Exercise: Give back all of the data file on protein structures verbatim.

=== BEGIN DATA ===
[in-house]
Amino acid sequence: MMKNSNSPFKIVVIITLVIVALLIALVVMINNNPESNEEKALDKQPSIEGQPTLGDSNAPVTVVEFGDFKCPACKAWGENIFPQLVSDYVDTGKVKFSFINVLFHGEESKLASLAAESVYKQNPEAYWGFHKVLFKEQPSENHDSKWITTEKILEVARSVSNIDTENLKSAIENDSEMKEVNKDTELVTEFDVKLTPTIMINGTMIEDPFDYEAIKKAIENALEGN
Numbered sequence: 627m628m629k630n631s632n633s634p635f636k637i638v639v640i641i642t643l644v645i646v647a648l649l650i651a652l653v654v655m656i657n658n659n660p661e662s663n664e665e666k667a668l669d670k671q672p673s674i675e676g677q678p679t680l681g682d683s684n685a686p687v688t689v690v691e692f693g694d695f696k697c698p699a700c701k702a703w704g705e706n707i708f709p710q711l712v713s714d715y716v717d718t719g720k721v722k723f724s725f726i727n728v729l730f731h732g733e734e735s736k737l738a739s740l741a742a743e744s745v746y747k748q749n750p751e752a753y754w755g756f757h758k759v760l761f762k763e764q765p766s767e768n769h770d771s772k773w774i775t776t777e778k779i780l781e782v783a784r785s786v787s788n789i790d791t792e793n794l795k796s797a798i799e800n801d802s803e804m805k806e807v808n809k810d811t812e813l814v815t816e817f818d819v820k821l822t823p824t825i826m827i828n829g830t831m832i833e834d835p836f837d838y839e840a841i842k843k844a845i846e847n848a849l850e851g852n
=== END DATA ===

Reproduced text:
[in-house]
Amino acid sequence: MMKNSNSPFKIVVIITLVIVALLIALVVMINNNPESNEEKALDKQPSIEGQPTLGDSNAPVTVVEFGDFKCPACKAWGENIFPQLVSDYVDTGKVKFSFINVLFHGEESKLASLAAESVYKQNPEAYWGFHKVLFKEQPSENHDSKWITTEKILEVARSVSNIDTENLKSAIENDSEMKEVNKDTELVTEFDVKLTPTIMINGTMIEDPFDYEAIKKAIENALEGN
Numbered sequence: 627m628m629k630n631s632n633s634p635f636k637i638v639v640i641i642t643l644v645i646v647a648l649l650i651a652l653v654v655m656i657n658n659n660p661e662s663n664e665e666k667a668l669d670k671q672p673s674i675e676g677q678p679t680l681g682d683s684n685a686p687v688t689v690v691e692f693g694d695f696k697c698p699a700c701k702a703w704g705e706n707i708f709p710q711l712v713s714d715y716v717d718t719g720k721v722k723f724s725f726i727n728v729l730f731h732g733e734e735s736k737l738a739s740l741a742a743e744s745v746y747k748q749n750p751e752a753y754w755g756f757h758k759v760l761f762k763e764q765p766s767e768n769h770d771s772k773w774i775t776t777e778k779i780l781e782v783a784r785s786v787s788n789i790d791t792e793n794l795k796s797a798i799e800n801d802s803e804m805k806e807v808n809k810d811t812e813l814v815t816e817f818d819v820k821l822t823p824t825i826m827i828n829g830t831m832i833e834d835p836f837d838y839e840a841i842k843k844a845i846e847n848a849l850e851g852n